Saturday, 06 March 2010 Robles wins in 7.45sec, more to come with better start in Doha – Liévin REPORT
Robles on his way to winning in Liévin (Pascal Bonniere)
relnews Liévin, France - Dayron Robles confirmed his great form during the 21th edition of Meeting Pas de Calais in Liévin on Friday evening, the last 2010 IAAF Indoor Permit of the season.
One week before the IAAF World Indoor Championships held in Doha, Qatar (12 – 14 March), the Cuban won the 60m Hurdles in 7.45, only 0.01 short off his season best, but still far from his 7.33 record, which places him second on the all-time lists, behind Colin Jackson’s 7.30.
However, Robles showed that he had an important margin for improvement, as he was the last to come out of the blocks in heats and final. The 110m Hurdles World record holder and Olympic champion had to overcome a disastrous reaction time (0.240) in heats to run 7.65. In final, he was again left at the start (0.205) and managed once again to close the gap hurdle after hurdle and win in 7.45 from Russian indoor specialist Yevgeniy Borisov (7.53).
“The gun was too quick”, stated Robles to explain his delays. “Taking this in account, this is not bad, it was a fast race, the track was good, I just lost a lot of time at the start”.
After his last race before world Indoors, Robles is number two in the World Lists behind Terrence Trammel’s 7.41. The Cuban will spend a few days in Spain to get ready for Doha. “Everything is done already, now I just need to sleep and eat!” he laughed.
Victory for Tejeda… Norwegian record for Vukicevic
His training partner Anay Tejeda won the women’s Hurdles race against a very high quality field. In 7.95 sec, she had the best start (0.136 reaction time) and beat US champion Ginnie Powell (7.96), Christina Vukicevic (7.96), who broke the Norwegian Record in heats (7.93), European Indoor Champion Eline Berings from Belgium (8.03) and Canada’s world season leader (7.82) Priscilla Lopes-Schliep.
“It was a very good race”, commented Tejeda, “I improved my season best so I’m very happy. My focus in the Spanish training camp will have to work on my first three hurdles because it’s the worst part of my race right now.”
Vukicevic, the fastest of the day with her 7.93 in heats, couldn’t duplicate her race in final: “it was only my second competition this winter, so I’m happy about my result. I think I wanted too much in the final, but now the most important thing is Doha. My progresses come from the improvement of my start, and that was the purpose of running those 60m hurdles indoors.”
Copello over Olsson
The third Cuban win of the night occurred in the Triple Jump. Alexis Copello leaped to 17.24 to defeat World Indoor record holder Christian Olsson (17.23), who performs an impressive comeback from injury this season.
[b]European best for Djhone
Cubans was definitively in verve in Liévin, as William Collazo won the 300m ‘B’ race in 32.74. However, the ‘A’ race went faster, as Leslie Djhone, taking part in his third and last competition of his successful indoor campaign, offered a new all-time European Best to the 5000 spectators in the crowds.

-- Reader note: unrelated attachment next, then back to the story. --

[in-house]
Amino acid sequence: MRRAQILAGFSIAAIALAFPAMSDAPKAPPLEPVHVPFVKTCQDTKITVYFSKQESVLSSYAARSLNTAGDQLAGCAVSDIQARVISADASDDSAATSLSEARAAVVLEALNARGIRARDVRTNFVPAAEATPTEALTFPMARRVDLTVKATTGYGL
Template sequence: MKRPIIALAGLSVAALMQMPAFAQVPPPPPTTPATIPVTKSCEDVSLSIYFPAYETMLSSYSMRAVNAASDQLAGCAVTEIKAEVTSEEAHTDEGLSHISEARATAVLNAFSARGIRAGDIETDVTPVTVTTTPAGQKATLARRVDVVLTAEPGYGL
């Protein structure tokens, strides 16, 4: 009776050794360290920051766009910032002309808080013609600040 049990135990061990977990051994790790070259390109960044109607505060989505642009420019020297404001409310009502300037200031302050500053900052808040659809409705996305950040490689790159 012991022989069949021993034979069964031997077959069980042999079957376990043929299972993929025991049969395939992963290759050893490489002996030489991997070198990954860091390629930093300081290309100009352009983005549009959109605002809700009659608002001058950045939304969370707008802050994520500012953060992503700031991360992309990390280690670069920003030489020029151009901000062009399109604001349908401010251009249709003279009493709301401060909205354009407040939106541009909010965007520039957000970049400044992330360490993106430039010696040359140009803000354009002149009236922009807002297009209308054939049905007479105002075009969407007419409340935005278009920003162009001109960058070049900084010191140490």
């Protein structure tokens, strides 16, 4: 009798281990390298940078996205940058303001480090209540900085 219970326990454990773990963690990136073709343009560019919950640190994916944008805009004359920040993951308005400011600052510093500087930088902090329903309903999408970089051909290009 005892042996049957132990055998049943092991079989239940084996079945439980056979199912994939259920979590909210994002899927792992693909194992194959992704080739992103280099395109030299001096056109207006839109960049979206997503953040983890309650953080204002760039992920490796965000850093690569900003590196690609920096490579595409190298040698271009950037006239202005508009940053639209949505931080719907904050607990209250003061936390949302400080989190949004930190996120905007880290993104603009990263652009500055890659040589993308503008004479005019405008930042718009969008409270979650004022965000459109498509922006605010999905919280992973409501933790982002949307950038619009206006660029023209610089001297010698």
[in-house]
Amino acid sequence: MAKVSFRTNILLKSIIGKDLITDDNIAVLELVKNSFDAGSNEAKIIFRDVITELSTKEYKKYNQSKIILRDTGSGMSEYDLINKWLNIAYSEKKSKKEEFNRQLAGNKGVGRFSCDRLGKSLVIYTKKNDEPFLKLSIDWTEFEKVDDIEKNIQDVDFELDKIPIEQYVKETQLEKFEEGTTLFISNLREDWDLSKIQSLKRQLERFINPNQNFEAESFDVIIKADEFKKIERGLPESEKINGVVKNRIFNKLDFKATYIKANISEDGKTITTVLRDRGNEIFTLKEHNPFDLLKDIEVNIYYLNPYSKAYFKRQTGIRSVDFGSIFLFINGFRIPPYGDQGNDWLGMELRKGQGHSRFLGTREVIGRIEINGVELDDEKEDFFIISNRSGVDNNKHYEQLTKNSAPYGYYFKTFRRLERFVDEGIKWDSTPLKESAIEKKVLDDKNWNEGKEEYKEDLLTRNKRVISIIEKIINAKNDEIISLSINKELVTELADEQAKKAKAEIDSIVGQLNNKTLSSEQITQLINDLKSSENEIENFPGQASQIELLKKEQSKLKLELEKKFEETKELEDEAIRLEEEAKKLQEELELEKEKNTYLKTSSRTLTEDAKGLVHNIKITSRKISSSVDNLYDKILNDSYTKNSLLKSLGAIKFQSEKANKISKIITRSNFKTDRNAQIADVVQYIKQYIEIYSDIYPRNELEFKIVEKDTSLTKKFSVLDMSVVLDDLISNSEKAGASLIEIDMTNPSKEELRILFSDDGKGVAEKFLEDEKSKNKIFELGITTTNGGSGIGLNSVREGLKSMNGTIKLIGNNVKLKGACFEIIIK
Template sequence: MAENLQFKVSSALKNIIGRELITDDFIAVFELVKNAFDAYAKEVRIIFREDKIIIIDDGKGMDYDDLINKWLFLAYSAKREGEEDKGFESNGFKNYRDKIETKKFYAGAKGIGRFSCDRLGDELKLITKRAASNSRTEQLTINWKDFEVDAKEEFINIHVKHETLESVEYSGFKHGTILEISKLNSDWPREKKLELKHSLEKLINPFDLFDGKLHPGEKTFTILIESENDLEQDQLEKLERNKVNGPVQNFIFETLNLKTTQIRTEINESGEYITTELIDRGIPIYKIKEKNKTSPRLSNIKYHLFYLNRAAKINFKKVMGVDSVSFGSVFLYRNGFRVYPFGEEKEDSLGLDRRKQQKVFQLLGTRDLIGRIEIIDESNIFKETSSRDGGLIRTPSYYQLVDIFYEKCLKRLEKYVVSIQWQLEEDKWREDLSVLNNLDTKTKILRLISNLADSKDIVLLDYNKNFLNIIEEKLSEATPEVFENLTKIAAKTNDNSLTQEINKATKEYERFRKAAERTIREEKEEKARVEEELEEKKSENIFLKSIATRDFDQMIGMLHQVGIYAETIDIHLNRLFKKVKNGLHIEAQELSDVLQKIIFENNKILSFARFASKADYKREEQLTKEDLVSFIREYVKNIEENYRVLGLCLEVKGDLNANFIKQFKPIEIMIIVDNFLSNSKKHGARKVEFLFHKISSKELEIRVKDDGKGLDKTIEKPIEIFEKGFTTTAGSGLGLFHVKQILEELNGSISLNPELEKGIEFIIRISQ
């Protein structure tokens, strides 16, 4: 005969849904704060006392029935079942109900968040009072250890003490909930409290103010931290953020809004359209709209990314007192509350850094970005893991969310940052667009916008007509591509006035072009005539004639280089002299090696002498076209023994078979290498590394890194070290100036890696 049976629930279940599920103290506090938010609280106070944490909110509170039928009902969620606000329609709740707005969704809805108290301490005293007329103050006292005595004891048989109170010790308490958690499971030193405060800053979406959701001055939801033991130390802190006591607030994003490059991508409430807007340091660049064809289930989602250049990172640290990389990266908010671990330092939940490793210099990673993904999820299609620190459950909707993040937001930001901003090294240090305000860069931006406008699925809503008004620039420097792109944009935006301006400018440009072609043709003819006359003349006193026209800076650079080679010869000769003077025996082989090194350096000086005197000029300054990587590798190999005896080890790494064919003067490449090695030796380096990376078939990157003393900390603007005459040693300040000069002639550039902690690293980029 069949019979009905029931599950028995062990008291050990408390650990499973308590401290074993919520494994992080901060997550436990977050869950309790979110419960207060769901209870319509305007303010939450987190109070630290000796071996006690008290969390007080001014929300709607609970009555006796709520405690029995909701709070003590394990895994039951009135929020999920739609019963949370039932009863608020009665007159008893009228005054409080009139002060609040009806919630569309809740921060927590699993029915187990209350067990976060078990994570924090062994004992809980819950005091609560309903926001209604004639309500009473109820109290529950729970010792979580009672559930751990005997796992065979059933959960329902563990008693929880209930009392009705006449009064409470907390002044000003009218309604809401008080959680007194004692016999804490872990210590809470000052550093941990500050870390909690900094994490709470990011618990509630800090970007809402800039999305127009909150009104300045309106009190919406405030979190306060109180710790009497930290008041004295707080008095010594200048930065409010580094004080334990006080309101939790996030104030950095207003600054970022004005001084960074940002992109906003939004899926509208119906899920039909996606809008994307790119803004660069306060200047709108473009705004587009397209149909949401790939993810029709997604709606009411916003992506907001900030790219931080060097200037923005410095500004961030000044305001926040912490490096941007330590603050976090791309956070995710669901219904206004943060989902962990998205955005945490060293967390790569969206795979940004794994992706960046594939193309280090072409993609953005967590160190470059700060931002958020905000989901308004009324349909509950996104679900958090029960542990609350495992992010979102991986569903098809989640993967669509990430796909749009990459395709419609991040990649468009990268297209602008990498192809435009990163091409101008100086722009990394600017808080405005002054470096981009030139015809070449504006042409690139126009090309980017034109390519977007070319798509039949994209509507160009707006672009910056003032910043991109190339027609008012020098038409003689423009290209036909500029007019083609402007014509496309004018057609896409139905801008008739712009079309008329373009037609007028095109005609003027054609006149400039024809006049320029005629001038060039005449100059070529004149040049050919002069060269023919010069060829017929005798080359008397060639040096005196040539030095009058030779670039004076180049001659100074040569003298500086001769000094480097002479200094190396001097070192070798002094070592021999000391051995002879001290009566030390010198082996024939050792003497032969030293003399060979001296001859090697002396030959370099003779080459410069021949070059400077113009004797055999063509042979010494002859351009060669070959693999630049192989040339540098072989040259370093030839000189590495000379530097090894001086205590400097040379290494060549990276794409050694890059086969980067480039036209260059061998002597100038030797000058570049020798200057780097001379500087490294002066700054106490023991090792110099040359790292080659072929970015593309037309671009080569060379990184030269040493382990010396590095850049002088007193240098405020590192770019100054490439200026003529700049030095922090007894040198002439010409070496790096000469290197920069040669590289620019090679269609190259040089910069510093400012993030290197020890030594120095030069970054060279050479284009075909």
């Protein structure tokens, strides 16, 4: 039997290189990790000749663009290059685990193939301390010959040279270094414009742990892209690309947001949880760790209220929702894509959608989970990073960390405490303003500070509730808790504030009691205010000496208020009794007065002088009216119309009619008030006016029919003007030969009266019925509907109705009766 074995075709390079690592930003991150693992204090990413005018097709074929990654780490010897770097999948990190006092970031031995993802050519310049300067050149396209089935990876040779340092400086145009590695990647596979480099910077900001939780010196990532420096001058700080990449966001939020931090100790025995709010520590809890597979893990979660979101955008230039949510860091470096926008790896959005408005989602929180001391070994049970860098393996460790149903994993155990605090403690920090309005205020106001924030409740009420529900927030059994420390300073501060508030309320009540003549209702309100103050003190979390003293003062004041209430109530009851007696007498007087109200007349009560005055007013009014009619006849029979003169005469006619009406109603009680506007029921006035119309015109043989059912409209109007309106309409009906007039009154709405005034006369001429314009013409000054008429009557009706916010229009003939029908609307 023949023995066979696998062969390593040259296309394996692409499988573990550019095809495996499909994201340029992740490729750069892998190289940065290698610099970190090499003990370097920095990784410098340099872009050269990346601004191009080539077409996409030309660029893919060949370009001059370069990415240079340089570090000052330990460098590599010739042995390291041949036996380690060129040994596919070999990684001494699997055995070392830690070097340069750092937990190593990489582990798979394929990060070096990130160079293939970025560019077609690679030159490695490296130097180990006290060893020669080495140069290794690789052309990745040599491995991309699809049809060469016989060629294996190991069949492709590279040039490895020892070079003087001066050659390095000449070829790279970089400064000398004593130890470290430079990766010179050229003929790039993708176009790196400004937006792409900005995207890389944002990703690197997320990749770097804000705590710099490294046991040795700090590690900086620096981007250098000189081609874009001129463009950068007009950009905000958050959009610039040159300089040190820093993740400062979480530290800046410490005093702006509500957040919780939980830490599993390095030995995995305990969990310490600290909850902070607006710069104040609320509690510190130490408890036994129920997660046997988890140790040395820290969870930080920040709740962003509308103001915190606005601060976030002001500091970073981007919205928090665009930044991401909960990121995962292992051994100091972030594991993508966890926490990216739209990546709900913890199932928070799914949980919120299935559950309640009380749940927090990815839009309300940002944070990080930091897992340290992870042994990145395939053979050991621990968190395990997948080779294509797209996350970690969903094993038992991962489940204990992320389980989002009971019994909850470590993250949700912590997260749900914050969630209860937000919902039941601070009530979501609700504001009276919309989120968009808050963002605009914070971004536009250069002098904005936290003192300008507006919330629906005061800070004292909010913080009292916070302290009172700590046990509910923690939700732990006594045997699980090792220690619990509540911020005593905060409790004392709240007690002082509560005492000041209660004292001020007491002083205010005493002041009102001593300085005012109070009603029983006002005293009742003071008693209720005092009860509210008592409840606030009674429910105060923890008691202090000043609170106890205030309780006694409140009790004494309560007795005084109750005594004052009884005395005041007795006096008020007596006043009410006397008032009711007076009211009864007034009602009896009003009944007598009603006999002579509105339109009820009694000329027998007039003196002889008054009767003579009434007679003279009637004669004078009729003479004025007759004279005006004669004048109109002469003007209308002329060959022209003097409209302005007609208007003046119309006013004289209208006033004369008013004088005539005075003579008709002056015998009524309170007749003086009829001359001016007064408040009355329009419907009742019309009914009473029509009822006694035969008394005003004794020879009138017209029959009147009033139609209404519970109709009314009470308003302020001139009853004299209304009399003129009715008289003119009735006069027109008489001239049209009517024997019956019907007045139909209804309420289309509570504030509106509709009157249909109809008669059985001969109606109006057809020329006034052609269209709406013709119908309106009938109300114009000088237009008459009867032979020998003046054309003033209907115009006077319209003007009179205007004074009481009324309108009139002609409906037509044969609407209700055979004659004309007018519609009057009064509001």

After two 400m in Reims (46.12) and national championships (45.85), the Frenchman won the 300m in 32.47, moving to 8th in the world lists. The former mark was held by Swedish Johan Wissman in 32.61 since 2006. Djhone, in lane 5, took a good start and made the difference over Russian Smirnov, place in lane 6th and eventually second in 32.88, in the last bend.
“I had good sensation, just like last week during the National Champs”, Djhone analysed. I did some changes in my running technique and well as training and this can be seen in my results. It’s a good sign for the outdoor season, I have to stay healthy and I will do good things this summer. Amantle Montsho (Botswana) became the fastest African ever at the distance (and =7th all-time in the World) with 36.33 for her debut at this rarely run distance.[/b]Lemaitre keeps flying but also misses Doha
[b]New sprint protégée Christophe Lemaitre, 19, remained unbeaten this season for his 6th and last competition at 60m. The fastest in heats, Lemaitre surely had the toughest race of his season in final as photo-finish declared the Frenchman as the winner in the same time (6.58) as Britton Harry Aikines-Aryeetey. Close behind were Jamaican Lerone Clarke, 6.60, and Ronald Pognon, 6.62).
“That’s the first major meeting I’ve ever done in my career, the level was very high, so I’m glad about the result,” said the 1.89m and 80kg blond sprinter.
“When my coach and I planned the indoor season, we don’t want to go to Doha so as not to get burned physically by too much competitions. I’ve already done more racing than I’ve ever done this indoor season, and reached my target which was to win the National Champs. The U23 record (6.55) was not planned, that was the cherry on the cake. Now, my preparation is geared towards the 100m at European Championships in July”. En route to his 60m, Lemaitre was timed in 5.73 in heats and 5.71 in final, improving the old U23 national record (5.75) set by Marc Gasparoni in 1981.[/b]Tahri masters Komen with brisk 7:38.39 victory
In the absence of multiple World champion and record holder Kenenisa Bekele, who withdrew with a calf injury, Bouabdellah Tahri (France) and Daniel Kipchirchir Komen (Kenya) were left in a duel in the 3000m. Komen reached the 2000m point in 5:03.91, closely led by Tahri, who increase the pace during the last 600m and left the Kenyan, to win in 7:38.39.
“I spent several weeks training with the aim to run against Bekele, this was a motivation for me, and I would prefer to meet him today, in order to test my condition while facing such a challenger, but that’s the way sport is,” said Tahri.
P-J Vazel for the IAAF
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